The Spice Bazaar

Share
Spice Bazaar has a total of 85 shops selling spices, Turkish delight and other sweets, jewellery, souvenirs, and dried fruits and nuts.
Spice Bazaar has a total of 85 shops selling spices, Turkish delight and other sweets, jewellery, souvenirs, and dried fruits and nuts.

4/4/2015

The local name of the bazaar, built in 1664.
The local name of the bazaar, built in 1664.

The world knows this ancient market place at The Spice Bazaar, located behind Yeni Camii (Yen ee Jam ee, New Mosque) near the Galata Bridge. But to those who live in Istanbul, this is Mısır Çarşısı (Musur Char shuh suh) , meaning Egyptian Bazaar. Located in the Eminönü quarter of the Fatih district, it is the second most famous covered shopping complex, after the Grand Bazaar.

According to Wikipedia: The building was endowed to the foundation of the New Mosque, and got its name “Egyptian Bazaar” (Turkish: Mısır Çarşısı) because it was built with the revenues from the Ottoman eyalet of Egypt in 1660. The word mısır has a double meaning in Turkish: “Egypt” and “maize”. This is why sometimes the name is wrongly translated as “Corn Bazaar”. The bazaar was (and still is) the center for spice trade in Istanbul, but in the last years more and more shops of other type are replacing the spice shops.

Unfortunately, it’s mostly a tourist trap these days—mandatory to see, of course, but prices are high and it’s not where the locals shop.

The building itself is part of the complex of the New Mosque. The revenues from the rented shops inside the bazaar building are used for the up keep of the mosque. This seems to be a common scheme and perhaps Christian churches should do the same.
The building itself is part of the complex of the New Mosque. The revenues from the rented shops inside the bazaar building are used for the up keep of the mosque. This seems to be a common scheme and perhaps Christian churches should do the same.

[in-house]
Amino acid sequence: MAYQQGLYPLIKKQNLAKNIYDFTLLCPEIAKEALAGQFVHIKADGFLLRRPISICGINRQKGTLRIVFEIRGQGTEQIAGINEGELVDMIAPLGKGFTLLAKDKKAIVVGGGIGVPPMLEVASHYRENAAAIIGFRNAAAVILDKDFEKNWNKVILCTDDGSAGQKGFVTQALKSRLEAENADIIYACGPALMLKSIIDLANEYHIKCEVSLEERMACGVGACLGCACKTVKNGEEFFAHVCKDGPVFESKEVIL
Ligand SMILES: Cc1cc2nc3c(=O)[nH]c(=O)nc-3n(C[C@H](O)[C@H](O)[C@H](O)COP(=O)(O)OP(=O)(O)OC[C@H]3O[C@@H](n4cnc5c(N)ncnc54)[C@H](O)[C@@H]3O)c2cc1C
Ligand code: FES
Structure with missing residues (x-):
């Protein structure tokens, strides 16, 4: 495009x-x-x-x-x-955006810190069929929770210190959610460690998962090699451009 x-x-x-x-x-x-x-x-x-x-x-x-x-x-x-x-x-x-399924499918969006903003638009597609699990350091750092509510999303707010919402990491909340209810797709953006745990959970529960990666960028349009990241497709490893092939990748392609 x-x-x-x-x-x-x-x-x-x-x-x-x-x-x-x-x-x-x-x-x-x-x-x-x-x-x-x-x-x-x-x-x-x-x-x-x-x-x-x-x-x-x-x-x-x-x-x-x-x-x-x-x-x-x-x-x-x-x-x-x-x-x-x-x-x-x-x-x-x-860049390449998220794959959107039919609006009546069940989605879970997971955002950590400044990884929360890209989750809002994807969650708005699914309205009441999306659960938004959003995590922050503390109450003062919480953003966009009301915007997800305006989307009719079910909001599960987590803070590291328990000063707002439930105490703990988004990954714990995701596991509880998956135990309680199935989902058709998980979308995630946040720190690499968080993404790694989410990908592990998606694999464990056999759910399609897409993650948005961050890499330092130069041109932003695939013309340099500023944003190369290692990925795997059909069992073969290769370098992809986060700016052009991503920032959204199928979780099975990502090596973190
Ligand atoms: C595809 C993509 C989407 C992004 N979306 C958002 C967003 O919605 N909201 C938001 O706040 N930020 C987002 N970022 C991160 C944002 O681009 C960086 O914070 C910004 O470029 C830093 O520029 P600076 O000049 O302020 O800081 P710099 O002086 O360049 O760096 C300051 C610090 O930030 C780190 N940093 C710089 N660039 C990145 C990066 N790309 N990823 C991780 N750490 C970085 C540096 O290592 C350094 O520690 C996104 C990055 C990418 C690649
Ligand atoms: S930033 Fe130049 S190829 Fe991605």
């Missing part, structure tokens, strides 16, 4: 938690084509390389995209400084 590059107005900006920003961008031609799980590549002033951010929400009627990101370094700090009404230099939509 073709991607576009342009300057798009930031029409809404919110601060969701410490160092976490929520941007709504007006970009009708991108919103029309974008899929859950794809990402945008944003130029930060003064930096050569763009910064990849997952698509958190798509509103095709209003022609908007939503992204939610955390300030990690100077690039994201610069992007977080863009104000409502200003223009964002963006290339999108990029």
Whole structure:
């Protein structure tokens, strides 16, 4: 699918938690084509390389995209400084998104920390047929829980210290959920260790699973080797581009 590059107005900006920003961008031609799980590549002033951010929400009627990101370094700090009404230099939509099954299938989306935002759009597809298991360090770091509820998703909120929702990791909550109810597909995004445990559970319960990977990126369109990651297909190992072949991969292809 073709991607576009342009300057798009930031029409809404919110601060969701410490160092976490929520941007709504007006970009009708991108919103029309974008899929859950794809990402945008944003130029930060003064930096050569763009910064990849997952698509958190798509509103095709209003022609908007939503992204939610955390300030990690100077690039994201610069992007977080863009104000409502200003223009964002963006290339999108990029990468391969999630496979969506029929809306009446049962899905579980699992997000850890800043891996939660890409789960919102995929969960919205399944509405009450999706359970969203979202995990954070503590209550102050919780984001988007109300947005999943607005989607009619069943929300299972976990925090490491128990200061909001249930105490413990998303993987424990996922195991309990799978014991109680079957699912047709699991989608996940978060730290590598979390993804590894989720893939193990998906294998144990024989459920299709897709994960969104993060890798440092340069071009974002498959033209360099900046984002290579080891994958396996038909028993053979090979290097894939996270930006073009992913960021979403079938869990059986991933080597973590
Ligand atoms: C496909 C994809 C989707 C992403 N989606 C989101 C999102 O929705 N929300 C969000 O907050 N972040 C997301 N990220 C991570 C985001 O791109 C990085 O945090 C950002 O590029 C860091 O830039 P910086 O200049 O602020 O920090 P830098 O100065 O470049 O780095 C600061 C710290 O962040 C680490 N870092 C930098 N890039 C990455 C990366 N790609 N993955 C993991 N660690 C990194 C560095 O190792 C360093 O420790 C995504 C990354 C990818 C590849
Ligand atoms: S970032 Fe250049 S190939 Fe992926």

You can almost hear the sea from this seller's stand. If the New Mosque (Yeni Camii) wasn't in the way, you could see it. In a word: fresh.
You can almost hear the sea from this seller’s stand. If the New Mosque (Yeni Camii) wasn’t in the way, you could see it. In a word: fresh.
This is Bazad panir--white cheese. No Turk worth his salt would start the day without this and a handful of olives.
This is Beyaz Panir–white cheese. No Turk worth his salt would start the day without this and a handful of olives with his çay (chai, tea).

 

You may enjoy this article on buying spices here at the bazaar. http://fxcuisine.com/default.asp?language=2&Display=77&resolution=high
You may enjoy this article on buying spices here at the bazaar.
Just outside the entrance is a new square, complete with benches and modern fountains. This was completed about a year ago. On this perfect early spring day, it was a busy place.
Just outside the entrance is a new square, with benches and modern fountains. This was completed about a year ago. On this perfect early spring day, it was a busy place.

Flower market and park, 2015-04-03, 6

Just outside the Spice Market was a flower market--which also had pets.
Just outside the Spice Market was a flower market–which also had pets…….
...and leeches. Ewwwww.
…and leeches. Ewwwww.
Pet supplies and flower seeds.
Pet supplies and flower seeds.
I am happy to report that I can actually read this sign, and not just the English translation at the bottom.
I am happy to report that I can actually read this sign, and not just the English translation at the bottom. Progress!
Share

Published by

Beth

I'm a professional vagabond. I quit my cubical job in January 2014. Since then, I've hiked the Appalachian Trail, The Camino, and taught English in Vietnam, Turkey, Russia, Spain and Mexico. I'm exploring the world.

2 thoughts on “The Spice Bazaar”

Leave a Reply

Your email address will not be published. Required fields are marked *